As a precursor to this most recent discussion on NFTs, the system and ideas have been around since 2012 under the names of “Colour Coins”. Cast your mind back to when the London Olympics were in full swing, the world was supposed to be ending and a new method of representing and managing real world assets on Bitcoin’s blockchain was established. This system creates discrete units of a single item, similar to a cinema ticket. There were also discussions on expanding the usage to areas like property investment or to facilitate the management of shares in a company and deal with the voting percentage.
With the many different applications of these systems of colour coins the community behind it soon started to realise that the Bitcoin blockchain wasn’t the best suited to the needs of those wanting to manage physical assets through the use of blockchain technology. Auctioneering has long been seen as an antiquated activity, something for landlords and elderly art collectors to do on a Thursday afternoon. However, by sprinkling a touch of technological know-how (and a lot of sales tricks), it has been reformed into THE cool new way of spending money that can be targeted towards gullible rich influencers and uninformed artists.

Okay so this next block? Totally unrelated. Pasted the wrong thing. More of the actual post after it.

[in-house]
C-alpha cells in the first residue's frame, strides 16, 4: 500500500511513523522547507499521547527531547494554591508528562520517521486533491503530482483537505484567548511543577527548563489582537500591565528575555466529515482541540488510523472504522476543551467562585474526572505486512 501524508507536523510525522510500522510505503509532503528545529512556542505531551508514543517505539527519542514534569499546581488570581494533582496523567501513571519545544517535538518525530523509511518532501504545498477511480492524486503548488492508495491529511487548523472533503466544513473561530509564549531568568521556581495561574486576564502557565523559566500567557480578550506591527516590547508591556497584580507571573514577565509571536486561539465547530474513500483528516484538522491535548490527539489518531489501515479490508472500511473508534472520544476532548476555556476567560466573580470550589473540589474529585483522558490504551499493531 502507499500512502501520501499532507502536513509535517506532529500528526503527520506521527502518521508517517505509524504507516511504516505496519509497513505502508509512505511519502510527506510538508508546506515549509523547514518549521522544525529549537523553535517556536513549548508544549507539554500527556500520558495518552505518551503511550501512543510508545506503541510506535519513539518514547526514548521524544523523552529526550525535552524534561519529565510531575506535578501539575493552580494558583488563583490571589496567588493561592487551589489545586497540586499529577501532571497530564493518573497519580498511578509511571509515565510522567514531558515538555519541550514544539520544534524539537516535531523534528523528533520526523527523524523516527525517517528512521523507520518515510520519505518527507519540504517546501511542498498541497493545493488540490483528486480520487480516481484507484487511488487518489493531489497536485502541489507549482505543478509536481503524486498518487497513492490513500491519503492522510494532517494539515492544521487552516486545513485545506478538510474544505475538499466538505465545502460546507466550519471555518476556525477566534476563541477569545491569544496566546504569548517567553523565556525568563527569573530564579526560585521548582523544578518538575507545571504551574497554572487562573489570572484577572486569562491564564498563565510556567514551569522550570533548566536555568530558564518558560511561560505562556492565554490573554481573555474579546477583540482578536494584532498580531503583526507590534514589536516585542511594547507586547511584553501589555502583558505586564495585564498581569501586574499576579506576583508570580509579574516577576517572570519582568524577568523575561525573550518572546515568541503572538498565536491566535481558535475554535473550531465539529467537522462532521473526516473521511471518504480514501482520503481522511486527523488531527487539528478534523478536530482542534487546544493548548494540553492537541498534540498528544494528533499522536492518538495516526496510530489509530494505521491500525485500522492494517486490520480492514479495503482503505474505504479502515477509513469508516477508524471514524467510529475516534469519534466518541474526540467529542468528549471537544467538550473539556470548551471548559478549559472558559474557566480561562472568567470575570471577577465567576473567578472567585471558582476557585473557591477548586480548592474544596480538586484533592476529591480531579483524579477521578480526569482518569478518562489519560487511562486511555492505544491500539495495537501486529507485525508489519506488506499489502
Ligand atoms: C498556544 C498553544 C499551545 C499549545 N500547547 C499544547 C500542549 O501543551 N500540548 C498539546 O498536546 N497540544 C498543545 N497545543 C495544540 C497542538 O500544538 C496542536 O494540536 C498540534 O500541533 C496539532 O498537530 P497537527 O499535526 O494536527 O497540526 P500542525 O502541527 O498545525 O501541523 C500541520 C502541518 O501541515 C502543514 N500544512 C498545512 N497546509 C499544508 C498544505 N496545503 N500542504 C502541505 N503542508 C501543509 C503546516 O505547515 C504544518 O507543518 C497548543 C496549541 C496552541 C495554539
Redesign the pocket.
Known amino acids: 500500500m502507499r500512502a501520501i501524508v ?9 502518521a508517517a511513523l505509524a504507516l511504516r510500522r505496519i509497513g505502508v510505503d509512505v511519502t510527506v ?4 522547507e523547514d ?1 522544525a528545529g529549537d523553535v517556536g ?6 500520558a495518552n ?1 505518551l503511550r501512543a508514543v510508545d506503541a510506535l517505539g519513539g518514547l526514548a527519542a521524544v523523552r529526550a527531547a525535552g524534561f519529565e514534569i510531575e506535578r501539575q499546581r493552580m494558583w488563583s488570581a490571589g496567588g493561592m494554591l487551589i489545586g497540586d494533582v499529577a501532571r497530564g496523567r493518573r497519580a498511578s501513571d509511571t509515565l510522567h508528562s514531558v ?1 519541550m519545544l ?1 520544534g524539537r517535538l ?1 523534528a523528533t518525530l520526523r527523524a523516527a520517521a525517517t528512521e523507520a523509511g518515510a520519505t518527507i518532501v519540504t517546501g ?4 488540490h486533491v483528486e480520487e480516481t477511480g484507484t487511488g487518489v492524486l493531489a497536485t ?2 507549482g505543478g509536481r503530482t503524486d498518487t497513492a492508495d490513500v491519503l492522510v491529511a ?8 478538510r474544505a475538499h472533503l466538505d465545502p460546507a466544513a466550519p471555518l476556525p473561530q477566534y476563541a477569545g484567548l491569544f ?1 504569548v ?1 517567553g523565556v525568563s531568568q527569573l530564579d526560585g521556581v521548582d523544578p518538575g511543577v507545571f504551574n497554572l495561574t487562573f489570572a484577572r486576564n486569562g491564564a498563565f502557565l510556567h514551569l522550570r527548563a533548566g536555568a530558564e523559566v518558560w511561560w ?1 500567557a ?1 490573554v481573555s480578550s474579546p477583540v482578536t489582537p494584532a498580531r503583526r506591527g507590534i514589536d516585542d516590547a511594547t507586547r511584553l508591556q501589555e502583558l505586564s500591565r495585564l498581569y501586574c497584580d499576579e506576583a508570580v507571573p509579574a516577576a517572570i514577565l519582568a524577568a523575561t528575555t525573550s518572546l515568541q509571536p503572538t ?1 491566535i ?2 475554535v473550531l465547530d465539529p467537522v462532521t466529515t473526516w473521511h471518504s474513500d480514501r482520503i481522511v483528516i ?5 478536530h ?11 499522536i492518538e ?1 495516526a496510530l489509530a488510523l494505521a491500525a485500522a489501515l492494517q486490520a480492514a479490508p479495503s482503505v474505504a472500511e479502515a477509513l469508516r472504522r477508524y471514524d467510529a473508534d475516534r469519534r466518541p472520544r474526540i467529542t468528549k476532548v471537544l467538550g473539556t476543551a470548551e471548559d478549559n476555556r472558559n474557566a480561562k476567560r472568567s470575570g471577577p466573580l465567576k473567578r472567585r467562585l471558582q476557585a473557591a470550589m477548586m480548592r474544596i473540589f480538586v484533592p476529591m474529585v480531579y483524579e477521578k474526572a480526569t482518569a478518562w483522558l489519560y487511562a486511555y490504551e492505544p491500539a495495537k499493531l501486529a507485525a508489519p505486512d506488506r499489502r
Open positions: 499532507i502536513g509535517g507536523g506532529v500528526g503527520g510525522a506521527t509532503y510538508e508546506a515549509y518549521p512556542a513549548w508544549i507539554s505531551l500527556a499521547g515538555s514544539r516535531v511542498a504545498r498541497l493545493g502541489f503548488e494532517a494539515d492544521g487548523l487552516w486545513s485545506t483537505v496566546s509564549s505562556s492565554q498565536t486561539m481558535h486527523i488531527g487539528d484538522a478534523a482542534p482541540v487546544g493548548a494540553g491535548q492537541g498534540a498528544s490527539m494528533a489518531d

This led to the creation of CounterParty in 2014, which saw the rise of the collection, trading and of virtual collectors cards as a novel idea to the idea of collectables. During this rise we saw the beginning of making and trading memes from this exchange, causing the mainstreaming of the idea of commodification of virtual assets, moving away from the ideals of physical assets ColorCoins was built on.
With the growth in the new and thriving meme-trading community, coupled with the buzz around the newly created Etherium came together to create PEPERIUM. It calls itself a “Rare Pepe and Meme Trading on the Ethereum blockchain”. What this was in practice was a decentralised, meme focused marketplace and trading card game (TCG). This was marketed as having created Meme’s forever recorded on the back of the Etherium. This growth led the further online community to become aware of this technology and the Meme focus to it bought in a much younger audience.
With this growing interest in using this technology for digital assets an update to the standard Ethereum protocol called “ERC721”, which would allow for the creation of unique tokens on the chain allow them to be Non-Fungible. This was the opening of the floodgates for what we now see with NFT’s.
The only logical avenue for any new use of this budding NFT technology is to make it about cats. In the October of 2017 CryptoKitties was launched, a modern day approach to a Tamagochi style game, with the added ability to buy and sell your cats for money. The team behind this project created it during the ETH Waterloo Hackathon and quickly saw its popularity rise, even being featured on CNN.